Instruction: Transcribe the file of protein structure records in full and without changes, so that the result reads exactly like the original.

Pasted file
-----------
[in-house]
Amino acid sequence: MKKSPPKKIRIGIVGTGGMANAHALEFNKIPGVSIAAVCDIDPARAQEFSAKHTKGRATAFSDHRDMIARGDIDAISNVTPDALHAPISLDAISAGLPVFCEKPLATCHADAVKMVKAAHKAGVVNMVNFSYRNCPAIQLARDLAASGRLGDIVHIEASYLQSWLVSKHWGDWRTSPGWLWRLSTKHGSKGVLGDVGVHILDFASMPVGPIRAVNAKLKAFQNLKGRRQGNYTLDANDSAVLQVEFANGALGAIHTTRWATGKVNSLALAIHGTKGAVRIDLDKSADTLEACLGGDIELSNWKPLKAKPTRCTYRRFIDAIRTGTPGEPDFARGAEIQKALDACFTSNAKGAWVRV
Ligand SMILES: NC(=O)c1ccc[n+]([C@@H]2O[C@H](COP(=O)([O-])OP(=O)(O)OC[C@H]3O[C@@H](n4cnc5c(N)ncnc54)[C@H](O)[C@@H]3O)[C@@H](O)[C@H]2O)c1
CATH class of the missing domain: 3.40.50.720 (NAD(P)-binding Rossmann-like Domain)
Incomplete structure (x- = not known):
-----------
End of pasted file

[in-house]
Amino acid sequence: MKKSPPKKIRIGIVGTGGMANAHALEFNKIPGVSIAAVCDIDPARAQEFSAKHTKGRATAFSDHRDMIARGDIDAISNVTPDALHAPISLDAISAGLPVFCEKPLATCHADAVKMVKAAHKAGVVNMVNFSYRNCPAIQLARDLAASGRLGDIVHIEASYLQSWLVSKHWGDWRTSPGWLWRLSTKHGSKGVLGDVGVHILDFASMPVGPIRAVNAKLKAFQNLKGRRQGNYTLDANDSAVLQVEFANGALGAIHTTRWATGKVNSLALAIHGTKGAVRIDLDKSADTLEACLGGDIELSNWKPLKAKPTRCTYRRFIDAIRTGTPGEPDFARGAEIQKALDACFTSNAKGAWVRV
Ligand SMILES: NC(=O)c1ccc[n+]([C@@H]2O[C@H](COP(=O)([O-])OP(=O)(O)OC[C@H]3O[C@@H](n4cnc5c(N)ncnc54)[C@H](O)[C@@H]3O)[C@@H](O)[C@H]2O)c1
CATH class of the missing domain: 3.40.50.720 (NAD(P)-binding Rossmann-like Domain)
Incomplete structure (x- = not known):